The remake also includes a new function named Class Reset. By using a special item called “Goddess’ Scales” you can make a character go back to their initial Class. The Class Reset menu is available at Mana Stones, just like the Class Change menu.  With the Class Reset system, you can now try out all of a character’s Classes in a single run. The Japanese press release mentions Goddess’ Scales items are hidden in very hard to obtain treasure chests, which seems to imply it’s a very rare monster drop.

Trials of Mana New Features: Encounters with friends

When entering the towns and cities of Trials of Mana, your protagonist character will act alone. Your party members will be living their own lives in the city, and you can chat with them if you encounter them while exploring. This is a brand-new system, confirming new dialogues between the characters have been added. This is personally one of the features I’m looking forward to the most, as the original game doesn’t feature that many dialogues between the party members.

Seeds and Magic Pot system

At the entrance of each inn, you can find a Magic Pot. By planting Seeds in these pots, you can obtain items and equipment. Seeds are obtained by searching around and through monster drops. There are five different types of Seeds: Item Seeds, Silver-colored Item Seeds, Gold-colored Item Seeds, Rainbow-colored Item Seeds, and ??? Seeds.

The rarity of the items you can get depends on the Seed’s color, with Rainbow-colored Item Seeds growing the best items and equips. Certain rare equipment can only be obtained through Rainbow-colored Item Seeds. Meanwhile, ??? Seeds grow items needed for the level 38 Class Change. These ??? Seeds can be obtained via monster drops in dungeons, and their drop rate was adjusted compared to the original game.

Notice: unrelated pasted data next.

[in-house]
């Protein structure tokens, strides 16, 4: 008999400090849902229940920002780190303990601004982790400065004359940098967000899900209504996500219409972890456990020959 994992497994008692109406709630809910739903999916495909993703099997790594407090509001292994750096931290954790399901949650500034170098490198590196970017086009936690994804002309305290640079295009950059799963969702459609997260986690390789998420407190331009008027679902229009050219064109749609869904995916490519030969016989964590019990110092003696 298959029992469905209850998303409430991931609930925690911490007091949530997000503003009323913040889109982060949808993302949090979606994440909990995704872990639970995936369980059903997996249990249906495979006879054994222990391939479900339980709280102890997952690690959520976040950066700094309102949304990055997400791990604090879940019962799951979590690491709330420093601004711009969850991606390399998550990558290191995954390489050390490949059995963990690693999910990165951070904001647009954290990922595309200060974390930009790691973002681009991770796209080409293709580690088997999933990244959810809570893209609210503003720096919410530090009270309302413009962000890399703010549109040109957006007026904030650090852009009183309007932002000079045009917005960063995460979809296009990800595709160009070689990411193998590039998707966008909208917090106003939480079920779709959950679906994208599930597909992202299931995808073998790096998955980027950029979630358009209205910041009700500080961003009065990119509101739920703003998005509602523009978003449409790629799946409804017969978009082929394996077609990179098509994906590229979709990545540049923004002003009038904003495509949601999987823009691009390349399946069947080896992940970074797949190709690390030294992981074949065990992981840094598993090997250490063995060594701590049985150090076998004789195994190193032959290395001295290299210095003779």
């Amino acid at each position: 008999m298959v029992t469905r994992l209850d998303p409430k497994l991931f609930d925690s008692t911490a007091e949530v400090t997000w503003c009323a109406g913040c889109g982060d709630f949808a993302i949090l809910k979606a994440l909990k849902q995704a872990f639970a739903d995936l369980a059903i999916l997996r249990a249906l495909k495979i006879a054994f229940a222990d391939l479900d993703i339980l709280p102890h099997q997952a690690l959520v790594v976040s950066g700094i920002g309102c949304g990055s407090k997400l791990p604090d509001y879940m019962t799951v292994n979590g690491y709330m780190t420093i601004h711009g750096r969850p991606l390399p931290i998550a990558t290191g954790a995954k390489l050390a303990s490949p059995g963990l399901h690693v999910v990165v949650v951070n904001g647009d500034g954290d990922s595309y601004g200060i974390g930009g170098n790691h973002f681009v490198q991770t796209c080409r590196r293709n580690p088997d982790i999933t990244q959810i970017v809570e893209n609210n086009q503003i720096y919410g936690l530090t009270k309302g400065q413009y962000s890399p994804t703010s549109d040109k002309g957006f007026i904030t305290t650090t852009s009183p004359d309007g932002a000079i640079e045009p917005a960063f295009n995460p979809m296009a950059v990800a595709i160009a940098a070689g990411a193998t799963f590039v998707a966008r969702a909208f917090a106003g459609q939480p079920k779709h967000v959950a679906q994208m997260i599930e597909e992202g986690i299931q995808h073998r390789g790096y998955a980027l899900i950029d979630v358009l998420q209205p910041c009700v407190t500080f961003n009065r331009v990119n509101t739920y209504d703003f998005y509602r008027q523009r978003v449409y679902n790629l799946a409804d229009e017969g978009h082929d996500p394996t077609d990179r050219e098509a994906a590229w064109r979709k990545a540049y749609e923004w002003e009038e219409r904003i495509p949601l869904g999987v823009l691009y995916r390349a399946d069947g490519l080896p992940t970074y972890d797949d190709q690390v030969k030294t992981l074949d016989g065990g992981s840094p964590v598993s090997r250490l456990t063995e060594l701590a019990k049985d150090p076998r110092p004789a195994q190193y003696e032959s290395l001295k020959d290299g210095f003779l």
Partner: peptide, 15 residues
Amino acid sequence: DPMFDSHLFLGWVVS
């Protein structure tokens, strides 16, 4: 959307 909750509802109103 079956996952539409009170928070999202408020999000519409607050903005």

The same feature was already in the original Seiken Densetsu 3. The Seeds system overall is a recurring feature of the Seiken Densetsu/Mana series. This remake, however, introduces the Magic Pot level. As you keep planing Seeds, the Magic Pot’s level will rise, increasing the chance to grow rare items and increasing the drop rate of monsters dropping seeds.

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Trials of Mana New Features: Other new and useful functions

This remake includes items that can temporarily boost the amount of experience and Lucre (the game’s currency) you get at the end of battles. There are also items that can increase your stats. You can get all these items in cities or through treasure chests in town and fields.

Next, the game has a new Shortcut System. you can register up to four items or Skills in the Command Ring, to use them immediately. Outside of battles, there’s also a Full Recover shortcut function which will use all items and Magic available to fully restore your party’s HP. If you’re trying to save MP and items, you can use the Almost Full Recover function instead.

Next, the Trials of Mana remake has four different difficulty levels. They affect how strong the monsters are, and there are no changes to the story regardless of which difficulty you play. The difficulty can be changed in the options menu. The easiest difficulty is Very Easy Mode, which allows you to get revived and continue fighting if your party gets wiped out. Very Easy Mode is recommended for players who aren’t used to games or just want to enjoy the story.

Lastly, we learned that Trials of Mana has 12 different save slots. The original game had 3. There is also an Auto-Save feature. And the number of save points, which are Mana Goddess statues, have been increased in fields and dungeons. Which makes sense as the fields and dungeons are now in 3D and bigger than in the original.

All of these functions are the usual quality of life functions included in nowadays’ JRPGs, who weren’t in the original Seiken Densetsu 3 from 1995. The Full Recover function, for example, works the same as Auto Recover in Persona 5 (Royal). The new features are particularly promising too like the Class Reset system. This is a proper, refined remake unlike the Secret of Mana remake from 2018, which I personally found incredibly disappointing. As a huge fan of Seiken Densetsu 3 and the series as a whole, Trials of Mana is definitely the remake I’m looking forward to the most this year, above Final Fantasy VII Remake.

Trials of Mana was announced at E3 2019 with a first trailer and gameplay. We previewed Trials of Mana at two different events here and here. A demo was also listed on the PlayStation Store but wasn’t officially announced nor released yet.

If you appreciate our coverage, you can preorder Trials of Mana on Amazon to support us: PS4, Switch.